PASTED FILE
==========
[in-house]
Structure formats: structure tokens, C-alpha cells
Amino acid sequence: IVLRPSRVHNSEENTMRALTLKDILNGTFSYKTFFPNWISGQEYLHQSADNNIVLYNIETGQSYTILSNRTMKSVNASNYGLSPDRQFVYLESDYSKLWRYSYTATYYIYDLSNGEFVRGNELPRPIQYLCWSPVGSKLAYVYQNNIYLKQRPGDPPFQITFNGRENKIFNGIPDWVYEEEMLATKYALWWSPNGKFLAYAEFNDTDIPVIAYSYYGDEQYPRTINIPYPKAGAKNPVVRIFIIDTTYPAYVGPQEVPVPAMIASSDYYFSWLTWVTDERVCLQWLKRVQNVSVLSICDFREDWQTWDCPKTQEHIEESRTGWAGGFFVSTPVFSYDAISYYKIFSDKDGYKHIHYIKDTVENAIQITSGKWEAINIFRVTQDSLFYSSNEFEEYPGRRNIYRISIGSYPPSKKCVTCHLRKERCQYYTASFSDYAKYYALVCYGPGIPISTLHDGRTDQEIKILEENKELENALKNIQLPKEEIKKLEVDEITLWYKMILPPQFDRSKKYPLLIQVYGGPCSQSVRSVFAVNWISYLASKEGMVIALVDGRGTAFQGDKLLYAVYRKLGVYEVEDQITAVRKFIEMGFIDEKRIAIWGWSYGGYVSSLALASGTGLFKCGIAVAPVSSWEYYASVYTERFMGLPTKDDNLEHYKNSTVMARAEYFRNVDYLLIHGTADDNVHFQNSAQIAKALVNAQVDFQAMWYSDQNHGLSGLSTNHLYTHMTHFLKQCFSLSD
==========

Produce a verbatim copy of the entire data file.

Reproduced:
[in-house]
Structure formats: structure tokens, C-alpha cells
Amino acid sequence: IVLRPSRVHNSEENTMRALTLKDILNGTFSYKTFFPNWISGQEYLHQSADNNIVLYNIETGQSYTILSNRTMKSVNASNYGLSPDRQFVYLESDYSKLWRYSYTATYYIYDLSNGEFVRGNELPRPIQYLCWSPVGSKLAYVYQNNIYLKQRPGDPPFQITFNGRENKIFNGIPDWVYEEEMLATKYALWWSPNGKFLAYAEFNDTDIPVIAYSYYGDEQYPRTINIPYPKAGAKNPVVRIFIIDTTYPAYVGPQEVPVPAMIASSDYYFSWLTWVTDERVCLQWLKRVQNVSVLSICDFREDWQTWDCPKTQEHIEESRTGWAGGFFVSTPVFSYDAISYYKIFSDKDGYKHIHYIKDTVENAIQITSGKWEAINIFRVTQDSLFYSSNEFEEYPGRRNIYRISIGSYPPSKKCVTCHLRKERCQYYTASFSDYAKYYALVCYGPGIPISTLHDGRTDQEIKILEENKELENALKNIQLPKEEIKKLEVDEITLWYKMILPPQFDRSKKYPLLIQVYGGPCSQSVRSVFAVNWISYLASKEGMVIALVDGRGTAFQGDKLLYAVYRKLGVYEVEDQITAVRKFIEMGFIDEKRIAIWGWSYGGYVSSLALASGTGLFKCGIAVAPVSSWEYYASVYTERFMGLPTKDDNLEHYKNSTVMARAEYFRNVDYLLIHGTADDNVHFQNSAQIAKALVNAQVDFQAMWYSDQNHGLSGLSTNHLYTHMTHFLKQCFSLSD